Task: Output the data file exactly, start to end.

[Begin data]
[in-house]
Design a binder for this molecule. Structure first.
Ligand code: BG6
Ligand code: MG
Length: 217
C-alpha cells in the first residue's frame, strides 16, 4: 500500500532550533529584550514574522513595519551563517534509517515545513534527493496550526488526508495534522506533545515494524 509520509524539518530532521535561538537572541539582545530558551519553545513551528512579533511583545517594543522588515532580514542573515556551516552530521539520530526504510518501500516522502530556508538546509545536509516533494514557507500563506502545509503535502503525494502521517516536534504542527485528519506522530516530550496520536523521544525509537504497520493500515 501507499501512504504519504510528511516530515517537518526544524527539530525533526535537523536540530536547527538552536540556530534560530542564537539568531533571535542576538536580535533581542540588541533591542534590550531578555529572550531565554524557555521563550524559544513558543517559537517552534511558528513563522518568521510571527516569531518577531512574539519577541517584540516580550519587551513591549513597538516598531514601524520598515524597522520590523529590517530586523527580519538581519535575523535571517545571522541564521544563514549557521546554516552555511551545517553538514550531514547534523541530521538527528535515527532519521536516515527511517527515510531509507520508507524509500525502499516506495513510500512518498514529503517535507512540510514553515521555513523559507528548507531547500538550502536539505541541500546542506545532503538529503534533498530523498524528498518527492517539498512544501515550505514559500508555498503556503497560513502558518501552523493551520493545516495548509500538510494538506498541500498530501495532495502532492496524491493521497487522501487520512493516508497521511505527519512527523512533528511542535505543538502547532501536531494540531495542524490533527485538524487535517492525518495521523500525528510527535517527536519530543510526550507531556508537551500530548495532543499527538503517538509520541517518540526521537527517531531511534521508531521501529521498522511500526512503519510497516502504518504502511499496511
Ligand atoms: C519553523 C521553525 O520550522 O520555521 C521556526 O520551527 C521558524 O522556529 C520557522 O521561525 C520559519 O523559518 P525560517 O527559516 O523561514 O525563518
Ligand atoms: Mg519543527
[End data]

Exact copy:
[in-house]
Design a binder for this molecule. Structure first.
Ligand code: BG6
Ligand code: MG
Length: 217
C-alpha cells in the first residue's frame, strides 16, 4: 500500500532550533529584550514574522513595519551563517534509517515545513534527493496550526488526508495534522506533545515494524 509520509524539518530532521535561538537572541539582545530558551519553545513551528512579533511583545517594543522588515532580514542573515556551516552530521539520530526504510518501500516522502530556508538546509545536509516533494514557507500563506502545509503535502503525494502521517516536534504542527485528519506522530516530550496520536523521544525509537504497520493500515 501507499501512504504519504510528511516530515517537518526544524527539530525533526535537523536540530536547527538552536540556530534560530542564537539568531533571535542576538536580535533581542540588541533591542534590550531578555529572550531565554524557555521563550524559544513558543517559537517552534511558528513563522518568521510571527516569531518577531512574539519577541517584540516580550519587551513591549513597538516598531514601524520598515524597522520590523529590517530586523527580519538581519535575523535571517545571522541564521544563514549557521546554516552555511551545517553538514550531514547534523541530521538527528535515527532519521536516515527511517527515510531509507520508507524509500525502499516506495513510500512518498514529503517535507512540510514553515521555513523559507528548507531547500538550502536539505541541500546542506545532503538529503534533498530523498524528498518527492517539498512544501515550505514559500508555498503556503497560513502558518501552523493551520493545516495548509500538510494538506498541500498530501495532495502532492496524491493521497487522501487520512493516508497521511505527519512527523512533528511542535505543538502547532501536531494540531495542524490533527485538524487535517492525518495521523500525528510527535517527536519530543510526550507531556508537551500530548495532543499527538503517538509520541517518540526521537527517531531511534521508531521501529521498522511500526512503519510497516502504518504502511499496511
Ligand atoms: C519553523 C521553525 O520550522 O520555521 C521556526 O520551527 C521558524 O522556529 C520557522 O521561525 C520559519 O523559518 P525560517 O527559516 O523561514 O525563518
Ligand atoms: Mg519543527